a Practice of Reflection Judy Jones
The National Board
for Professional Teaching Standards includes in its list of
"Propositions of Accomplished Teaching," the following:
think systematically about their practice and learn from experience.
teachers are models of educated persons, exemplifying the virtues
they seek to inspire in students - curiosity, tolerance, honesty,
fairness, respect for diversity and appreciation of cultural differences
- and the capacities that are prerequisites for intellectual growth:
the ability to reason and take multiple perspectives, to be creative
and take risks, and to adopt an experimental and problem-solving
draw on their knowledge of human development, subject matter
and instruction, and their understanding of their students to
make principled judgments about sound practice. Their decisions
are not only grounded in the literature, but also in their experience.
They engage in lifelong learning which they seek to encourage
in their students.
Striving to strengthen
their teaching, accomplished teachers critically examine their practice,
seek to expand their repertoire, deepen their knowledge, sharpen
their judgment and adapt their teaching to new findings, ideas and
You should begin this practice of reflection from the moment
that you prepare to teach. This will become a way of thinking
for you over your years as an educator. It is very easy to fall
into the trap of blaming students, schools, parents, administrators,
or any other handy person, for a lesson that does not go well
and then congratulating yourself when a lesson shines! Human
nature! However, a practice of reasoned reflection will lead
you to grow as an educator, which will directly benefit your
students and improve their learning.
REFLECTING ON ACTIVITIES/LESSONS:
When you finish an activity with a class, it is extremely valuable
to evaluate its effectiveness. Over the years, I have done a lot
of "fun" activities with my classes. But upon reflection, I have
realized that some of them do very little to enhance learning. So
ask yourself some important questions after your students have experienced
a lesson or activity:
- Have my students
learned from this lesson/activity?
- What have they learned?
- What is my evidence
that they have learned?
- What was the success
rate of the students?
- Are there details
that should be changed?
- Should the activity
be eliminated entirely?
If you keep samples
of your activities and lessons in a binder or in files, you
can add your reflection notes to the folder. The following year,
these notes will be invaluable to you as you plan your curriculum.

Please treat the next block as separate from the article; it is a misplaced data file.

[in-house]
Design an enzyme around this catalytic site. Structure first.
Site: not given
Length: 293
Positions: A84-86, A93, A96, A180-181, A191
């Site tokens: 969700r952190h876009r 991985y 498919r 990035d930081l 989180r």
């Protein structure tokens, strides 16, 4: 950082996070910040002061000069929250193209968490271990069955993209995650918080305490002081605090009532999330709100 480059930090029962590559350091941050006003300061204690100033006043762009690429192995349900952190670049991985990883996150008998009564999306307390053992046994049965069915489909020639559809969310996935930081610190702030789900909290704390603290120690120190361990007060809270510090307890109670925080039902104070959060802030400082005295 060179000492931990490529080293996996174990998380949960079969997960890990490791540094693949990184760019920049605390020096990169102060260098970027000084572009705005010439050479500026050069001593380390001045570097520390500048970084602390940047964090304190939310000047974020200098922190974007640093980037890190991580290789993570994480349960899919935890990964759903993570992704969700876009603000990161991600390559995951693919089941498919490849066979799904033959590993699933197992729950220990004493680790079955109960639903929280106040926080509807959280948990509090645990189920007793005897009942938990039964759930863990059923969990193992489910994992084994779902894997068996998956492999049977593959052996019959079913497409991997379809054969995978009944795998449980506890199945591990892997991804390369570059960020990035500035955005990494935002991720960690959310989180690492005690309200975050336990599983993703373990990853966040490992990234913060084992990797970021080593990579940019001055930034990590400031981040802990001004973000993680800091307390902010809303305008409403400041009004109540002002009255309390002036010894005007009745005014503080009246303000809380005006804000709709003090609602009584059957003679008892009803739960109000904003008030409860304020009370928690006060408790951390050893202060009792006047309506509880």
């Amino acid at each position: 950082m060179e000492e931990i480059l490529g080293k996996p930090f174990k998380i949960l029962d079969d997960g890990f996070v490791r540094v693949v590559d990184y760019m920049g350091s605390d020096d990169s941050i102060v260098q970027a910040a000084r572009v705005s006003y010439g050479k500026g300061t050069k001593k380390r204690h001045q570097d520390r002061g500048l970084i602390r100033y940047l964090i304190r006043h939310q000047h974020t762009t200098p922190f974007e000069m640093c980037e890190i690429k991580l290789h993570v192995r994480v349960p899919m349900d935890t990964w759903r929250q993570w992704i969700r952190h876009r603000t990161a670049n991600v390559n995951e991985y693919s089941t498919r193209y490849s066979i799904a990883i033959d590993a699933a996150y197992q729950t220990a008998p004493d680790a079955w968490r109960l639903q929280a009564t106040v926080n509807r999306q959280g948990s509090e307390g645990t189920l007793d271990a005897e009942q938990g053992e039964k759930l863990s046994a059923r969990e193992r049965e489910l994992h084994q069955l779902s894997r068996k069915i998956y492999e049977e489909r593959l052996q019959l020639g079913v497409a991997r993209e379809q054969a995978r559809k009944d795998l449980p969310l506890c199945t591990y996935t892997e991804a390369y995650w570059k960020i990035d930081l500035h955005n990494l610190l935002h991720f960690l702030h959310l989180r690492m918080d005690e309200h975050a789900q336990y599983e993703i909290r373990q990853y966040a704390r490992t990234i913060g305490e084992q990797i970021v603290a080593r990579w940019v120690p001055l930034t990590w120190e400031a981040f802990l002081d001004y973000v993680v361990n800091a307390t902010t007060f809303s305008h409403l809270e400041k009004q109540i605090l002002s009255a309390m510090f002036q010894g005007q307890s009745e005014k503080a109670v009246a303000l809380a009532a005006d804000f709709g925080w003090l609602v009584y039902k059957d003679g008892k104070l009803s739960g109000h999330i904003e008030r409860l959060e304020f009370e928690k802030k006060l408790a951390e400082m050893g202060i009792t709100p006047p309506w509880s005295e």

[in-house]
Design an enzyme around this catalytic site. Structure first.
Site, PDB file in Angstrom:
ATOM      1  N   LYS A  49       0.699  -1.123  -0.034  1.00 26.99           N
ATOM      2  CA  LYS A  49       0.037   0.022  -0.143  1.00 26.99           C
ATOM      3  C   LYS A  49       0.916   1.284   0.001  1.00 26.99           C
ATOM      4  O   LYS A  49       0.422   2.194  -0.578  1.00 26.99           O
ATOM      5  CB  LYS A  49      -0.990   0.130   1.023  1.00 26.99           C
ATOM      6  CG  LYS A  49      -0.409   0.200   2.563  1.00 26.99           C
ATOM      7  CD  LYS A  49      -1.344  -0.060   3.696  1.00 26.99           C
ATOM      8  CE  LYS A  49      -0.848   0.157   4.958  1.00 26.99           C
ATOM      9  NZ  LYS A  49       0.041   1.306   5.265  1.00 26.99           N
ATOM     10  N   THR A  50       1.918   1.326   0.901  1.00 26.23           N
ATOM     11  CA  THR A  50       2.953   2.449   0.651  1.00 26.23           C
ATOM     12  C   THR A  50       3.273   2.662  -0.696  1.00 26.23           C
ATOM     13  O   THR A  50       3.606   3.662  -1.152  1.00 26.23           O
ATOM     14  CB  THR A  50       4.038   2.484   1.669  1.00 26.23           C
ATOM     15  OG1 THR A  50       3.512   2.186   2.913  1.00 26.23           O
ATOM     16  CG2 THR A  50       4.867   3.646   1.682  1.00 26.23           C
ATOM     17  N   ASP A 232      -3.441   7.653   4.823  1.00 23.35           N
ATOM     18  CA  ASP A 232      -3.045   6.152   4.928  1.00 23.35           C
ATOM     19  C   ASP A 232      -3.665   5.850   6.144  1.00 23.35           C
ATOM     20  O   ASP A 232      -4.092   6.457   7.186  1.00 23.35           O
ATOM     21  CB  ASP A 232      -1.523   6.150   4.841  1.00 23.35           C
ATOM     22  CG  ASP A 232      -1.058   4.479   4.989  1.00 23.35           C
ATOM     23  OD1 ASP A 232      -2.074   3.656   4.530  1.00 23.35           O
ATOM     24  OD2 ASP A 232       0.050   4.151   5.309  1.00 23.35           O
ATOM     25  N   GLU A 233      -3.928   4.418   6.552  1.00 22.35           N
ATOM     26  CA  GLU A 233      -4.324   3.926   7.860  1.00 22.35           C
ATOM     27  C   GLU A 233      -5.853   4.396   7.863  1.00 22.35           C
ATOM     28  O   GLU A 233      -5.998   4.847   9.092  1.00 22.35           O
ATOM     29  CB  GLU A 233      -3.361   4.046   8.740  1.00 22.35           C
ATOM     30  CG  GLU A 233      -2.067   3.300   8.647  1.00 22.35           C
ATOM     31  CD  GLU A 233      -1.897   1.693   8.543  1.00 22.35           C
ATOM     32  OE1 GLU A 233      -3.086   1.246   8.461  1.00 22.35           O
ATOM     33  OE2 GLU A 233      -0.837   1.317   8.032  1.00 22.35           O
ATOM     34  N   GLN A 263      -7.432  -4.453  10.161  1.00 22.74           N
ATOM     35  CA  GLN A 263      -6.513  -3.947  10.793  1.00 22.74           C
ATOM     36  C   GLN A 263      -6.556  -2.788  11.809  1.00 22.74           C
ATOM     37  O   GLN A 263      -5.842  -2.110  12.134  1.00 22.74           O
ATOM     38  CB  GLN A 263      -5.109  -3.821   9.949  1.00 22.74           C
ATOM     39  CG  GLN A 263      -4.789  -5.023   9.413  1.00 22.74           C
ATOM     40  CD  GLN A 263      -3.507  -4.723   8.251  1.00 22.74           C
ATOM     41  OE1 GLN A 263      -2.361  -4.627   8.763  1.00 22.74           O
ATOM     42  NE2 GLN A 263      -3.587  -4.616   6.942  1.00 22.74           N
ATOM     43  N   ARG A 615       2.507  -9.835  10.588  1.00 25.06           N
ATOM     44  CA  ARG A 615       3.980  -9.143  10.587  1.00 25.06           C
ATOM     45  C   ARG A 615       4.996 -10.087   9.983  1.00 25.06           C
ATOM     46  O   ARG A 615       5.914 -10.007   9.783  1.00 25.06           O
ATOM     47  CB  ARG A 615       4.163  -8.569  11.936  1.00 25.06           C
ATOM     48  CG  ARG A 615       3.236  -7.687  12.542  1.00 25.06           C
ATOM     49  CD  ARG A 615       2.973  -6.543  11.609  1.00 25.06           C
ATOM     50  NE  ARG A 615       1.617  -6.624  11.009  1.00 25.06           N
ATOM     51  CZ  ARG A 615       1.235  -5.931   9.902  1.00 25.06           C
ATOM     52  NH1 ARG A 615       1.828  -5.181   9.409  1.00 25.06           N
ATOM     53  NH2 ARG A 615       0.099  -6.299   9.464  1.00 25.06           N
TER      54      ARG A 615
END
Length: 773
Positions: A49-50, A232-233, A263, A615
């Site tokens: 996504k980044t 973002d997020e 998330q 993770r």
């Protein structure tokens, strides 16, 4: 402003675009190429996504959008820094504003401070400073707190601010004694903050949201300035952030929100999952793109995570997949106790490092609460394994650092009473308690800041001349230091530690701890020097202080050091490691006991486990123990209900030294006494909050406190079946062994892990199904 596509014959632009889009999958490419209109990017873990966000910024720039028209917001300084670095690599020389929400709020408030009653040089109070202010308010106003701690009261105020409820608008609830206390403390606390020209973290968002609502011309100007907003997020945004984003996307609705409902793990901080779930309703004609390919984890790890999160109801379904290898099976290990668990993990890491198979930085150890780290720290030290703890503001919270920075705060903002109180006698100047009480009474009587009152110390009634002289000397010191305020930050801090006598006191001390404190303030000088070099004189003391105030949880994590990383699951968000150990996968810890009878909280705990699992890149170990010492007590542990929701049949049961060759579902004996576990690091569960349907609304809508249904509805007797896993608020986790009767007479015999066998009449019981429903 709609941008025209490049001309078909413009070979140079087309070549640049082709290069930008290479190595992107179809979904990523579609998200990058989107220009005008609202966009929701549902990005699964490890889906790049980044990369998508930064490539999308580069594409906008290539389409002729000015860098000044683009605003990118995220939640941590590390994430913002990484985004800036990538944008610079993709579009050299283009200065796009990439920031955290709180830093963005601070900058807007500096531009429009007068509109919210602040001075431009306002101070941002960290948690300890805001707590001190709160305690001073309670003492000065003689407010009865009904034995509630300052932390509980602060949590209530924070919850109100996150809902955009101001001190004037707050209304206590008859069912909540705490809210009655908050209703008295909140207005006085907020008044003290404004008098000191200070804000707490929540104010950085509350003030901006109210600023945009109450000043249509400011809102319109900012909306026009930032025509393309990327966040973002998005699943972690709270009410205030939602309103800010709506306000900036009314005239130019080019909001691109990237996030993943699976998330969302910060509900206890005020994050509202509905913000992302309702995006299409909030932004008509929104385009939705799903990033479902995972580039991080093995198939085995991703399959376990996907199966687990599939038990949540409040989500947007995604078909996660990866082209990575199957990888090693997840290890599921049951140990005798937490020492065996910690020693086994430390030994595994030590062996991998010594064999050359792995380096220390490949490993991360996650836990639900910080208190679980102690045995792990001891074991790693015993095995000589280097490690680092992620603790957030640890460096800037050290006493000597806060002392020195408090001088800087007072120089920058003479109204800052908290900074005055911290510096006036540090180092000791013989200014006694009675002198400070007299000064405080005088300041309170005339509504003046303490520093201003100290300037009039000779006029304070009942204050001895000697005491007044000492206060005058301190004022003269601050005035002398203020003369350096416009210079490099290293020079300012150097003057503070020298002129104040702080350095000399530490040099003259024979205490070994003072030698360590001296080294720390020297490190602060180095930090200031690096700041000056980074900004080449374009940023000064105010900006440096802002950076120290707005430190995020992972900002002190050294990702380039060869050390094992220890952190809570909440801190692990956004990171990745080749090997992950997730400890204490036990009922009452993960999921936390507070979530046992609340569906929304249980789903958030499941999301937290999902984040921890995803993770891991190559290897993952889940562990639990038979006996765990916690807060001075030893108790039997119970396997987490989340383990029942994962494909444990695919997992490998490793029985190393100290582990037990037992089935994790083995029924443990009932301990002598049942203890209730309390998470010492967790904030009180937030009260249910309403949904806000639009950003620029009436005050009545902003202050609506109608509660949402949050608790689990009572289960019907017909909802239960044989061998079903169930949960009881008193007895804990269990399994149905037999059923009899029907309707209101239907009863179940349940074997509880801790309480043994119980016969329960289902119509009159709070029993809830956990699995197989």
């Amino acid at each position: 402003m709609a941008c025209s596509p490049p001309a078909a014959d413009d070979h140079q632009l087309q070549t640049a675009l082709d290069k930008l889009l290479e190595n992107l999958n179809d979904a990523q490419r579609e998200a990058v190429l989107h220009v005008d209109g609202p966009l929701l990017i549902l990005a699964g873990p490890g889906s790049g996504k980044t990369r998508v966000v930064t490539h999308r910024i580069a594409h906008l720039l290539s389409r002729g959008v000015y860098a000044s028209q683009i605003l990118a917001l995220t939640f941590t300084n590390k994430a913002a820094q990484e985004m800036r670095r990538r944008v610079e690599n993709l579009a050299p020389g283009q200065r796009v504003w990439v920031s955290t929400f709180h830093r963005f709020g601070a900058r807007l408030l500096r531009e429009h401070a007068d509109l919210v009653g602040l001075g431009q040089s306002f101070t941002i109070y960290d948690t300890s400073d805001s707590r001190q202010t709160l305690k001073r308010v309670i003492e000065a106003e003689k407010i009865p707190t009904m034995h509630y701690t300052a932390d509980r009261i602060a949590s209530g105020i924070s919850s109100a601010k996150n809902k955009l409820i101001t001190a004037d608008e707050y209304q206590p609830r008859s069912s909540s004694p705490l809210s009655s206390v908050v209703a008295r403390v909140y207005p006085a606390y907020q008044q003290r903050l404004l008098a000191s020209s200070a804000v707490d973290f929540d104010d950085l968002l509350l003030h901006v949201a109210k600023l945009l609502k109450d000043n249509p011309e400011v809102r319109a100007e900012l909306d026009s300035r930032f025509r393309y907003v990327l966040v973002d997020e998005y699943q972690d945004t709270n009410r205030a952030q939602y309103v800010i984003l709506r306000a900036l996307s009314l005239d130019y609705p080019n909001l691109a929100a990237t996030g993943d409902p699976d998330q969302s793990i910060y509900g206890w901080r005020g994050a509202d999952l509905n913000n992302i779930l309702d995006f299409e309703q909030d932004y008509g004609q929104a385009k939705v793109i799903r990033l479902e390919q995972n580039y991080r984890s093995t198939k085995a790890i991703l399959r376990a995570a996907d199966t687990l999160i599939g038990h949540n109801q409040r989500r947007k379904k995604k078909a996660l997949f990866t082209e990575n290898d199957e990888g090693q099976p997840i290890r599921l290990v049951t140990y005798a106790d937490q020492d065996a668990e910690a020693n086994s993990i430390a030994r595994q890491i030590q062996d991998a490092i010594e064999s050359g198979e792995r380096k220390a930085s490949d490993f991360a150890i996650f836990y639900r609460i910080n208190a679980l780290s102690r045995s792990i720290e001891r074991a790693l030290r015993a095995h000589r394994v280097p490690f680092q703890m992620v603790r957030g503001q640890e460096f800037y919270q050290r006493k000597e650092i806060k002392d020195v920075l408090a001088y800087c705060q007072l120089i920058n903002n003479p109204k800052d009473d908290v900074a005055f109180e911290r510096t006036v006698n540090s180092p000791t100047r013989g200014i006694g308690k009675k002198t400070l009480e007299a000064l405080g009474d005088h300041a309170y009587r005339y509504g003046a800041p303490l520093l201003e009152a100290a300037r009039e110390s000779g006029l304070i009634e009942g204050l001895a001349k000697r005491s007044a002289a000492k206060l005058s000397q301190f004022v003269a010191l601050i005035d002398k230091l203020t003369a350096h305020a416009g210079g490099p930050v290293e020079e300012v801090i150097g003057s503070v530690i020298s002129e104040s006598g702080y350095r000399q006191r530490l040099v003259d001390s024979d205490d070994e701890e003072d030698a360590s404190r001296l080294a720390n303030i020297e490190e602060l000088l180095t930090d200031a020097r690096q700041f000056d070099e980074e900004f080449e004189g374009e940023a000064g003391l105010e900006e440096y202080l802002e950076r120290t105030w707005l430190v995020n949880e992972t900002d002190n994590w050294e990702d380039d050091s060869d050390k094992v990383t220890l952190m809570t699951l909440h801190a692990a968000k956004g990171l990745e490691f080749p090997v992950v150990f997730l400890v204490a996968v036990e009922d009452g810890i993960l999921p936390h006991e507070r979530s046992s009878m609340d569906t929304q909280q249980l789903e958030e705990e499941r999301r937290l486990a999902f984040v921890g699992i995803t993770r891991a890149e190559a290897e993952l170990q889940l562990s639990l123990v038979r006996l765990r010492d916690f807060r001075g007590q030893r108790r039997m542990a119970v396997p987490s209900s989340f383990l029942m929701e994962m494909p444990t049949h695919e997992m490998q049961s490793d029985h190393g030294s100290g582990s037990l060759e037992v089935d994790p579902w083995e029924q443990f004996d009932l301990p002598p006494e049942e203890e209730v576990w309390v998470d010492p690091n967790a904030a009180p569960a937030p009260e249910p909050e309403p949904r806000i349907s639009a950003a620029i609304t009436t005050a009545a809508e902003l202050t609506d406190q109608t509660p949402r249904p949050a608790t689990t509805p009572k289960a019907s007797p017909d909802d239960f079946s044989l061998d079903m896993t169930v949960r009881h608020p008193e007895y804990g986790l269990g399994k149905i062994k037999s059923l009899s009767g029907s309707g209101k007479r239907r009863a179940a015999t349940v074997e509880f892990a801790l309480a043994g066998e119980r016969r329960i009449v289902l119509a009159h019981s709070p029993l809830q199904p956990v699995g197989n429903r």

REFLECTING ON STUDENT
For a new teacher
particularly, student behaviors can be extremely serious and preoccupying
concerns. There will be other pages on this web site to discuss
behavior management in more detail. However, reflecting upon student
behavior can be the first step in learning what to do about it.
When faced with troublesome actions on the part of your students,
ask yourself some questions:
- What is the student
- Is the student frustrated
by lack of success?
- Are there home problems
that may be upsetting the student?
- Could substance
abuse be the problem?
- Are there influences
in the classroom that are affecting the student?
- Is there some way
that you are relating to the student that is exacerbating the
- If so, what can
you do to change how you relate to the student?
- What other actions
can you take to help the student?
- What resources exist
in your school that would help you with the student?
Once you have thoughtfully
answered these questions, you should be able to find some ways
that you can change your own relationship with the student.
If you change, it is practically guaranteed that the student
will change how he or she behaves in your class. In addition,
you may be able to refer the student to other services that
can help with all-encompassing problems that many of our world's
children are dealing with.
REFLECTING ON STUDENT
can be very problematic. There are always the students who perform
extremely well. They validate our vision of ourselves as excellent
teachers! But the students who do not thrive are upsetting,
partly because we care about them and their learning, but also
because their lack of success makes us feel inadequate. As teachers,
we should always believe that all students are capable of learning
and that our job is to find the key to each student's success.
This will require deep reflection, however. As you reflect,
ask yourself these questions:
- What is keeping
the student from being successful?
- Is the student
able to do the assignments? Or does the student refuse to
- What is the
student's state of mind? Are emotional problems blocking
- Do you need
help from family services?
- Does the student
need another mode for learning?
- What resources
can you turn to for help in reaching this student?
- What can you
If you develop the
practice of serious reflection about the effectiveness of yourself
as a teacher, you will find that you become a better and much
more satisfied teacher over the years.